In Indian society, populated by a grand multitude of castes, restricting access to good quality public systems is a form of exercise of social control over subordinate castes. We know that in under-developed agrarian contexts such as in Bihar, Jharkhand and Telangana, this takes the form of control over who gets to work/paid under Mahatma Gandhi National Rural Employment Guarantee Act 2005, or who gets the licence to run public distribution systems to control access to food. Dominant castes exercise such control to demonstrate their dominance over the social life and labour of the oppressed castes by gatekeeping access to these public facilities. At the macro (national or State) levels, poor sanitation, air quality, water supply, etc., obviously create a plethora of health problems that impact everyone. Rather than investing in public health, the Indian elite has encouraged the mushrooming of water and air purifiers in the market, and the promotion of unregulated private clinics. In the post-1990s neoliberal phase, the Brahminical elite has aided the weakening of public systems and the creation of a parallel private universe where basic public services are provided for a premium (in terms of both caste and class). But the limitation of this private health care system is that it has no space for the classical public health concerns, made apparent by COVID-19.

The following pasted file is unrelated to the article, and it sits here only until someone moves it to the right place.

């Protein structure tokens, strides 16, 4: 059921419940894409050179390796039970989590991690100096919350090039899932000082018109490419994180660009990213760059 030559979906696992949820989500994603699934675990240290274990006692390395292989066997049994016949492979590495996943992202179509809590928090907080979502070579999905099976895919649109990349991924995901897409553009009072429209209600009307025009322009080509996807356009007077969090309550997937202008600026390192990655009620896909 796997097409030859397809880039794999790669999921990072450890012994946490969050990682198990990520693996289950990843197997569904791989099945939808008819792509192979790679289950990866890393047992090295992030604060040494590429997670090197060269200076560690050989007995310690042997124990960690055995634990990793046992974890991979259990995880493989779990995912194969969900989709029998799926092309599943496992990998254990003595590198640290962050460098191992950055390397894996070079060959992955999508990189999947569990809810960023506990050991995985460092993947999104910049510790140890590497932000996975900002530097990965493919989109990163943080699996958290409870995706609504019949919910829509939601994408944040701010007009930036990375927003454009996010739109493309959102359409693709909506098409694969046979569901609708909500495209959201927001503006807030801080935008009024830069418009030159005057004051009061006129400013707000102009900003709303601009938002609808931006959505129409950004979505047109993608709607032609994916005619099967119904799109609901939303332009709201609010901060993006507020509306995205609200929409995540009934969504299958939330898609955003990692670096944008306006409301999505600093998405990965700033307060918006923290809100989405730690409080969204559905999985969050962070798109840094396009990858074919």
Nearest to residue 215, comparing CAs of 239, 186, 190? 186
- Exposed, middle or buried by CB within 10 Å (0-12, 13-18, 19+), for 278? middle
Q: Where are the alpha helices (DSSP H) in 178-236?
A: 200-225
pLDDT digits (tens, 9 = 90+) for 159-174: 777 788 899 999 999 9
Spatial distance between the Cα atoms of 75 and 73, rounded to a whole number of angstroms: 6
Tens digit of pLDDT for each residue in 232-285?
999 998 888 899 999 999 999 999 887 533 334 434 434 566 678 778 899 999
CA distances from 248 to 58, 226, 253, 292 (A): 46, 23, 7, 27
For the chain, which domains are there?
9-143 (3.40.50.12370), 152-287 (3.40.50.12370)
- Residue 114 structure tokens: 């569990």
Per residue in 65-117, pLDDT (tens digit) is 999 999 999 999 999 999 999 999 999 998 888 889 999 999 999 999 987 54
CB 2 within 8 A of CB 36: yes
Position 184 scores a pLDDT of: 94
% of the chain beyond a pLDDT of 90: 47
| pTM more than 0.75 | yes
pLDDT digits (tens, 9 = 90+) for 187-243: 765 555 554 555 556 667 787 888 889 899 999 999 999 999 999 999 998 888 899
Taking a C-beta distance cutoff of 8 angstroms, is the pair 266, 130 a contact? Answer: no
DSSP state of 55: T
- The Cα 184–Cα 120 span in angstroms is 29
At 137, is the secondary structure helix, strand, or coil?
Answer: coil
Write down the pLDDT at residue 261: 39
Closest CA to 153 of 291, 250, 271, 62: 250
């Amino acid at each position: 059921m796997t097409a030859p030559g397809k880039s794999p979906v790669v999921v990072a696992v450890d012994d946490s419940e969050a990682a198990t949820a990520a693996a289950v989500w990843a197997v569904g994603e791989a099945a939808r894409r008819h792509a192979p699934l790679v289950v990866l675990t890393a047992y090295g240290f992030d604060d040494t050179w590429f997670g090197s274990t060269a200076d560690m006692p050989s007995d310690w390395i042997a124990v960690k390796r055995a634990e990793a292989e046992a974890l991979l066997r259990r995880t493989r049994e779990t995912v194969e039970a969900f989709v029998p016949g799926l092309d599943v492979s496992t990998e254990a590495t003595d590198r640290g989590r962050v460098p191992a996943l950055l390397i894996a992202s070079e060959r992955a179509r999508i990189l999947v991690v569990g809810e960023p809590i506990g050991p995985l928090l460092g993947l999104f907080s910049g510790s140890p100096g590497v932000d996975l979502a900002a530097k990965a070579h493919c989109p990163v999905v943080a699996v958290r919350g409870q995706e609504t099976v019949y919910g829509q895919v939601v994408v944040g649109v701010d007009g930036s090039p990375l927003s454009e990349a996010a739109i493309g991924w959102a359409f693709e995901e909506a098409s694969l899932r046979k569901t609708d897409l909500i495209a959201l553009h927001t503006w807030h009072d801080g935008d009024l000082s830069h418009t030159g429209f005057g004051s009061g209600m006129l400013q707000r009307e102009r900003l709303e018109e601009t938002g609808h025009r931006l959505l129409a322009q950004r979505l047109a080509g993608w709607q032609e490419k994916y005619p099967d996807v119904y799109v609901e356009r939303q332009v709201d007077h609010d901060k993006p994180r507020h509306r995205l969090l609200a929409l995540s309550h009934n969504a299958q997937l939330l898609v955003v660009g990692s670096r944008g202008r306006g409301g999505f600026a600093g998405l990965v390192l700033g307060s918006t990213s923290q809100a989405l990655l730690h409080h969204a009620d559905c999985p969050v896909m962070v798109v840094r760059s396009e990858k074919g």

Thus, casteist notions of health and sanitation prevent society and the state from organising and implementing basic public health interventions in India. Remember that such interventions are inexpensive for policy and extremely beneficial for the overall welfare of the population. The desire for social control, a feature of the Brahminical elite, overpowers any concern for economic growth or national development that may, in turn, also benefit the elite themselves. This is evident from various studies which demonstrate that the most common cause of rapid decline in the social and economic status of families is health crisis.

Neoliberal capitalism

These limitations of the caste society and the ideological backwardness of the Indian elite are compounded by the overall dominance of neoliberal economics in academics and neoliberalism in government and policy advisory circles. Many social science students, especially those trained in neoliberal economics, who go on to occupy important positions later consider the provision of health care services and education by the government as a result of market failures—situations where markets fail to provide certain goods and services even when they function efficiently. In themselves, health care and education are considered purely private goods in economics. The emergence of public health as a category is rarely historicised in economics classrooms; there is no comparative framework either.

The political philosophy behind neoliberalism is simply called libertarianism. Libertarians believe in a kind of negative freedom, that is, the absence of any external coercion. The term free market is a good illustration of this idea—markets freed from what? The answer, according to the libertarians, is state control. In this framework, personal liberty is always supreme and common good is more often than not considered illusory. It is the duty of individuals to make good and informed decisions regarding their life, including health. If a smoker decides to buy a health insurance product, a higher premium reflects his poor choices in the past and in a way provides him with an “incentive” to quit smoking.